Balsamic vinegar, or aceto balsamico in Italian, is an umbrella term for a number of products that differ widely in quality, composition, production and geographic origin.
The original product, which has been manufactured since the Middle Ages, comes from the Italian provinces of Modena and Reggio Emilia and is highly prized among gourmands.
Understanding the difference between the original product and inferior mass produced imitations is key in selecting a truly gourmet product.
What To Look For
Aceto Balsamico Tradizionale (ABT)
ABT is true traditional and original balsamic vinegar that is only made in two Italian provinces, Modena and Reggio Emilia. It is an entirely natural product made from the pressed juice of white Trebbiano, Sauvignon (Modena), and Lambrusco (Reggio Emilia) grapes, which is cooked down to a syrup like reduction called mosto cotto. The reduction is then aged in wooden barrels for at least twelve years.
The resulting product is a rich, dark syrup with a deep flavor and a perfect blend of mellow sweetness and fine acidity, infused with the subtle scent of oak, cherry, or juniper, depending on which type of barrel was used. ABT aged in cherry and juniper barrels is especially rare and sought after.
Wild cherry and juniper trees can no longer be used for the production of barrels due to their protected status, leaving only old barrels for the process. These have become quite seldom, hence the often astronomical prices for these wonderfully aromatic vinegars.
ABT is a rare product with annual production limited to about 10,000 liters. ABT from Modena and Reggio Emilia has been awarded the EU’s Protected Designation of Origin (PDO) and Protected Geographical Indication (PGI) status, ensuring that only ABT produced in those regions and under strict regulations can legally be called Aceto Balsamico Tradizionale di Modena and Aceto Blasamico Tradizionale di Reggio Emilia.
ABT is sold in specific 100ml bottles that are labeled with different colored caps and labels to indicate its age. It is illegal to state the vinegar’s age on the label, but the term “extravecchio” is used to indicate ABT that has aged for more than 25 years.
Aceto Balsamico Tradizionale di Modena (ABTM)
ABTM is traditionally made from Trebbiano and Sauvignon grapes and comes in two grades, aged for at least 12 years (cream colored cap), and aged more than 25 years (gold cap; may also be labeled “extravecchio”). It is usually less acidic and has a more mellow taste than ABT from Reggio Emilia.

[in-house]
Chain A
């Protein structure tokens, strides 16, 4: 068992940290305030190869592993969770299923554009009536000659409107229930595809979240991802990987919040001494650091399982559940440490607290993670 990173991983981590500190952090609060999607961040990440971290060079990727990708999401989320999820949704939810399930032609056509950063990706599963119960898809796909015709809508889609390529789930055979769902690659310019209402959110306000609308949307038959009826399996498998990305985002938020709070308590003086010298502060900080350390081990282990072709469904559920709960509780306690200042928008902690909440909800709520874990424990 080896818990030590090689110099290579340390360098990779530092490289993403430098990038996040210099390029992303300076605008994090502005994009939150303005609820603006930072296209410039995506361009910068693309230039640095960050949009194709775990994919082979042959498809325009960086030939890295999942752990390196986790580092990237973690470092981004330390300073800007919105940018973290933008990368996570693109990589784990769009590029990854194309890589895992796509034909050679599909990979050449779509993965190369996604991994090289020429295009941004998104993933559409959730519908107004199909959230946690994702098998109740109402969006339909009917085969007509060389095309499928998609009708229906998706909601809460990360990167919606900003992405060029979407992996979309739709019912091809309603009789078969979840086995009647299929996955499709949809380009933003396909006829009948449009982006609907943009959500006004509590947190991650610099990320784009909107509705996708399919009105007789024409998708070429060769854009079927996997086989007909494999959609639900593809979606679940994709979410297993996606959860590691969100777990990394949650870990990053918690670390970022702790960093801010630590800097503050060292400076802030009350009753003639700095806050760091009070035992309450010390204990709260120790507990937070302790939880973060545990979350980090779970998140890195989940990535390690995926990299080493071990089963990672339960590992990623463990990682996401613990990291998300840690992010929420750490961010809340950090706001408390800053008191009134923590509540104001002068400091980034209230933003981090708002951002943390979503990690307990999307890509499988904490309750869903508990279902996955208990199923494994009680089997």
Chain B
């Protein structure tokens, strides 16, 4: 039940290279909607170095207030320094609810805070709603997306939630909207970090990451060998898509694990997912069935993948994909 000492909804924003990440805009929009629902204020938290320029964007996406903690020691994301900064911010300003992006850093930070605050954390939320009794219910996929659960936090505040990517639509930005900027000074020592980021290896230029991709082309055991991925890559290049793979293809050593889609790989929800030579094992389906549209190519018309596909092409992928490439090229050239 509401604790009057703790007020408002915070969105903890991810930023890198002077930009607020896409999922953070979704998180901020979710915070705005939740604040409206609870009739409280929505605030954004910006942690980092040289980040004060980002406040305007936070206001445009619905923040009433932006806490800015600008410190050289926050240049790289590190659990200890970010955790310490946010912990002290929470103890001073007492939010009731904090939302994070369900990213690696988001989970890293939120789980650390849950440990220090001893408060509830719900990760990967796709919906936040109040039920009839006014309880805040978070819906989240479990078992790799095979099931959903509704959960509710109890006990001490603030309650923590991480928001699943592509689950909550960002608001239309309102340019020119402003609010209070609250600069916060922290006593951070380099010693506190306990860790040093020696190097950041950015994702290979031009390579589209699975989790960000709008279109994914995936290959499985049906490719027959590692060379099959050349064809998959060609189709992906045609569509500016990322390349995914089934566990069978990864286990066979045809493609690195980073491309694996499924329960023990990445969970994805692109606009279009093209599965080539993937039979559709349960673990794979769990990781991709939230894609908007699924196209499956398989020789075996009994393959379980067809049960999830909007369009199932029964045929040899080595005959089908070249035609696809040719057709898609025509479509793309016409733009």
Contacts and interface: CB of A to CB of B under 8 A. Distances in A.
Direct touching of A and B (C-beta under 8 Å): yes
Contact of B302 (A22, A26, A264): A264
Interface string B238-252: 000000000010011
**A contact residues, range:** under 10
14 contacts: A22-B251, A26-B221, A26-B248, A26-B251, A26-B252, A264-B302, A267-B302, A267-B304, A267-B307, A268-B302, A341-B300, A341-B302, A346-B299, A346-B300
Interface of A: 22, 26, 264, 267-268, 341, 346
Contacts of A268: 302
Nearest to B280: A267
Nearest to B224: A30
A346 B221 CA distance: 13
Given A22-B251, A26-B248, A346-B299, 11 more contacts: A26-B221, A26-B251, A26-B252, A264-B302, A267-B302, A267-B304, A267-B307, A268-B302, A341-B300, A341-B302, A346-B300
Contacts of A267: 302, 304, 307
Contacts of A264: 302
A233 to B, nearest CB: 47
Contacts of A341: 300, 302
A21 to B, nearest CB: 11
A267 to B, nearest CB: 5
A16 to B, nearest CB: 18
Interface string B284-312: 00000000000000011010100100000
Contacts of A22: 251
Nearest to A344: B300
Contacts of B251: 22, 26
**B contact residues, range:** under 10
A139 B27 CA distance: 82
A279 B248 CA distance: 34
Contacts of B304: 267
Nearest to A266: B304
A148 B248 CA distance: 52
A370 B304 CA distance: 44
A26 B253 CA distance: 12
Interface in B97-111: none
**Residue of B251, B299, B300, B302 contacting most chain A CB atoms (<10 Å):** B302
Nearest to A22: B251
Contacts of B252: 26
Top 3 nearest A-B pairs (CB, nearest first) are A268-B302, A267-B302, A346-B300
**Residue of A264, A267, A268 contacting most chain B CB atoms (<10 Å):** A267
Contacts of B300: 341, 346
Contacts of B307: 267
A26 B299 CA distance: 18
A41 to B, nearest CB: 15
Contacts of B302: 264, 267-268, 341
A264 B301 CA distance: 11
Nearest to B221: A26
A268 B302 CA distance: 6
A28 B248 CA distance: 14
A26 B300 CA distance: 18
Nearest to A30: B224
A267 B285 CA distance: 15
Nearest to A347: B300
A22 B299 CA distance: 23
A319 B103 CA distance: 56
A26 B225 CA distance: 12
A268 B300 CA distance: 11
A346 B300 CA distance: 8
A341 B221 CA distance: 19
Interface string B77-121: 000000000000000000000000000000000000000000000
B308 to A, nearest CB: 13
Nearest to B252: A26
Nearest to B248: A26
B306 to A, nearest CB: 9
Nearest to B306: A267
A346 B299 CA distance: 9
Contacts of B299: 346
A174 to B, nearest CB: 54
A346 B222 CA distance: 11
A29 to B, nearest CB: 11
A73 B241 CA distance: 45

Aceto Balsamico Tradizionale di Reggio Emilia
It is available in three grades, aged at least 12 years (red label, called aragosta), at least 18 years (silver label, called argento), and more than 25 years (gold label, called oro).
When buying ABT look for the following to ensure authenticity:
- The label specifically states “Aceto Balsamico Tradizionale”
- The specific form of the bottle
- The bottle contains 100ml
Aceto Balsamico di Modena
Only vinegar that carries the EU’s Protected Geographic Indication (PGI) label is actual Aceto Balsamico di Modena, which is subject to strict regulations. The most important of these are:
- The product must be made in the Italian province of Modena.
- It must contain at least 20% of cooked grape juice (mosto cotto) from specific grape types, including Trebbiano and Lambrusco.
- It must contain at least 10% wine vinegar.
- Caramel may be added to stabilize the finished product’s color.
- No other ingredients may be added.
- The vinegar must have aged in wooden barrels.
- It can be sold in containers of various material and size.
While the quality, origin, and production of Aceto Balsamico di Modena is legally protected by the PGI label and its regulations, the flavor, smell, and consistency are far inferior to the original Aceto Balsamico Tradizionale. However, the often very high prices of ABT make a top quality Aceto Balsamico di Modena a good choice for everyday use.
We do not recommend the use of any other balsamic vinegar products, such as vinegars labeled “balsamic vinegar”, “aceto balsamico”, or any other labeling terms, because they do not guarantee a superior, strictly supervised product with specific geographic origin. These vinegars are often no more than flavored, colored, and thickened wine vinegar and have nothing in common with the original product. They are industrially produced cheap imitations of an artisanal product.
How To Use It
In order to fully appreciate the unique aroma of Aceto Balsamico Tradizionale, it should never be boiled and preferably added to finished dishes in small quantities. Ideally, it is used cold and drizzled over foods in small amounts.
It tastes spectacularly when paired with parmigiano reggiano, duck breast, duck pate, carpaccio, fish, meat dishes, parma ham, or pumpkin soup, but it is also divine spooned over ice cream or ripe strawberries. Its superb flavor even lends itself to be enjoyed pure as an aperitif or after dinner drink.
Aceto Balsamico Tradizionale should not be paired with dishes that are spicy, contain spices such as pepper, chili, or star anise, or dishes that are cooked with wine. Its wonderful taste is enhanced by vanilla, cinnamon, and juniper berries.
For salads and other dishes where the balsamico is added during cooking, a good quality Aceto Balsamico di Modena is preferable.
Aceto Balsamico Tradizionale has an infinite shelf life, even once it has been opened. It should be stored at room temperature, and never in the refrigerator. For serving at the table, a small decanter is best.